The House will have welcomed back very warmly the hon. Members who have visited the other end of the world and I am sure we are all grateful to have had this early account of their doings. We have followed their activities and have been apprised that they were doing a good work of ambassadorship, and it has been very interesting indeed to have this firsthand account from the hon. and gallant Gentleman the Member for Taunton (Lieut.-Colonel Wickham). Although there will be many discussions before the plans now being formed at Dumbarton Oaks can take final shape, it is clear that what will emerge from these discussions must be a Concert of the great Powers set in the framework of a revived League of Nations, no doubt under some other name and with some modifications. It would already appear that something of that sort is inevitable. I do not think that we need complain about that or attack anyone for it. In present circumstances, any attempt to get the United States or the Soviet Union to abrogate their sovereignty in any sweeping measure is sure to fail and would probably do more harm than good.
Although the objective which may be obtained from Dumbarton Oaks is extremely limited, it is the most that can be obtained in the general organisation of the peace of the world at this time. I have confidence myself in the delegation we sent out there and in the ability and desire of the Government to do all they can for the general organisation of peace. It would, however, be a great mistake if we rested content with that general organisation for peace. It can achieve much. Anyone with a knowledge of history will know how much was achieved by, the Concert of Europe, and we all know—the Prime Minister has himself borne witness—what could have been done by the League of Nations if only it had been supported; but we must go further.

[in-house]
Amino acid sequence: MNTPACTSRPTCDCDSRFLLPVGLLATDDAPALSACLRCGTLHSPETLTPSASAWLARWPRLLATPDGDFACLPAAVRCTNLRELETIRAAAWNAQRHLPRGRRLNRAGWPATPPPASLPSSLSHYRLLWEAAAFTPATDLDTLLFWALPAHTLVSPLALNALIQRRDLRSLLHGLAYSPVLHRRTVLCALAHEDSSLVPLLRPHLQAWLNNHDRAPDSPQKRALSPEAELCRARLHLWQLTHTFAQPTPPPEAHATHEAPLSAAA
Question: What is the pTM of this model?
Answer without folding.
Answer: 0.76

The particular point I would like to make is that, in addition to the general organisation for world peace, the great Powers ought to take the lead in getting closer integration within specific local areas. The United States has already taken the lead in good neighbourliness over the whole American Continent; the Soviet Union clearly intends to give a lead in integrating the whole of Eastern Europe; China will certainly give a lead to the Continent of Asia when the Japanese have been overthrown and when she has recovered her strength. It is for us, in Great Britain, to give a similar lead in bringing to an end the Balkanisation of Western Europe; for in this world of super-States we can no longer regard such countries as Belgium, Portugal, Holland, or even ourselves in this Island, as having the potentialities and capacities of a great Power. Western Europe, which the hon. Member for Altrincham (Sir E. Grigg) has called "an amazing power-house of thought and action and invention"— this corner of the world which has given so much to every other country, can be regarded to-day only as a congeries of small States, and it is for Great Britain to give the lead in bringing about some closer degree of integration in this wonderful part of our globe. It is my view that Europe is hungering for this unity; she has been hungering for it for a very long time. It has become perfectly clear that she will not accept unity from France—that was tried, and failed, under Napoleon. It has become abundantly clear, as a result of two world wars, that Europe will not accept unity from Germany. It should be abundantly clear that she will not accept it from the Soviet Union, for although the Soviet economy and form of society are looked upon with enthusiasm by millions throughout the West of Europe, any attempt to imitate it could only produce civil war. The fact has to be recognised. If unity is to come to Europe, that unity which Europe so abundantly desires, it can, in my submission, only come from and through Great Britain because Great Britain is the only Power baying the resources to achieve it, and having the moral position to bring it about; she is the only Power that is sufficiently disinterested and has shown herself sufficiently disinterested over the centuries. I appeal particularly to my right hon. Friend the Foreign Secretary to-day to use all the influence that he has, in this great hour in the world's history, to bring about this measure of integration in Western Europe.